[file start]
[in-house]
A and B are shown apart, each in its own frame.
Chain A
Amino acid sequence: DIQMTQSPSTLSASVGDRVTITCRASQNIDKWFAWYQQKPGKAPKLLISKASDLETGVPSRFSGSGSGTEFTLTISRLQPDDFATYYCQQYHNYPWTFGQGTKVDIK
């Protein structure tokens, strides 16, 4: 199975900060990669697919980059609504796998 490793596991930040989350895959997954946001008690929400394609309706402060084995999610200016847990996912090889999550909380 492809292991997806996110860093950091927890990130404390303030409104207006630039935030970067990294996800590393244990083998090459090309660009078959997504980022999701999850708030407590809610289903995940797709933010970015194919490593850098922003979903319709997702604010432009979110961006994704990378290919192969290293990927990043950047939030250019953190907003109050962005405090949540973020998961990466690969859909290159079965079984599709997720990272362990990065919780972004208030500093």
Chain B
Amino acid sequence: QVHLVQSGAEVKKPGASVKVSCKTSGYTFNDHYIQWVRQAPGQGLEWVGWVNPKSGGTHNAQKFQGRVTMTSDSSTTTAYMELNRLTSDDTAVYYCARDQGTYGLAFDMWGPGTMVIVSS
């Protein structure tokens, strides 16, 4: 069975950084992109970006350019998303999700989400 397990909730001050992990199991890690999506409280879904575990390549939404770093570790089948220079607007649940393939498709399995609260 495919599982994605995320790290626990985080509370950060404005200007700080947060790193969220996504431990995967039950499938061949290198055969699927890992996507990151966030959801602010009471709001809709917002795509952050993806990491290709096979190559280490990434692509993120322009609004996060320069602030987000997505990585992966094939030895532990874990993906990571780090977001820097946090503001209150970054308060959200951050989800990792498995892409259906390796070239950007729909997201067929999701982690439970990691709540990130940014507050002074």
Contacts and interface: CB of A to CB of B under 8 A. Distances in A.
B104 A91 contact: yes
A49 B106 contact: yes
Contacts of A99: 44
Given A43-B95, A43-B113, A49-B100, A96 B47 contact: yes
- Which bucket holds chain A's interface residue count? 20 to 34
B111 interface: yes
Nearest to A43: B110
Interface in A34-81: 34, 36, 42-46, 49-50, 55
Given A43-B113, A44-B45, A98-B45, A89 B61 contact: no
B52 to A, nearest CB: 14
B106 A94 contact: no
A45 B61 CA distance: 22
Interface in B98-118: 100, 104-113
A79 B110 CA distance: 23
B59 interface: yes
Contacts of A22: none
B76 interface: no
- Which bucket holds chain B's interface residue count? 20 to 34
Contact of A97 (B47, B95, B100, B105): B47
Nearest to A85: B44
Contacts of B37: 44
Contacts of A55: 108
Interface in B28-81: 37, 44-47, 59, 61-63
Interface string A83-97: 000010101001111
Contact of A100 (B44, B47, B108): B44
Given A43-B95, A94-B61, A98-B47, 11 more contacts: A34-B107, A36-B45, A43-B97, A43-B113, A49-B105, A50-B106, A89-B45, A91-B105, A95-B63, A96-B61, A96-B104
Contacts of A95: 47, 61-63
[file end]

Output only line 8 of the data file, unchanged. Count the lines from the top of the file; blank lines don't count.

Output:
């Protein structure tokens, strides 16, 4: 069975950084992109970006350019998303999700989400 397990909730001050992990199991890690999506409280879904575990390549939404770093570790089948220079607007649940393939498709399995609260 495919599982994605995320790290626990985080509370950060404005200007700080947060790193969220996504431990995967039950499938061949290198055969699927890992996507990151966030959801602010009471709001809709917002795509952050993806990491290709096979190559280490990434692509993120322009609004996060320069602030987000997505990585992966094939030895532990874990993906990571780090977001820097946090503001209150970054308060959200951050989800990792498995892409259906390796070239950007729909997201067929999701982690439970990691709540990130940014507050002074």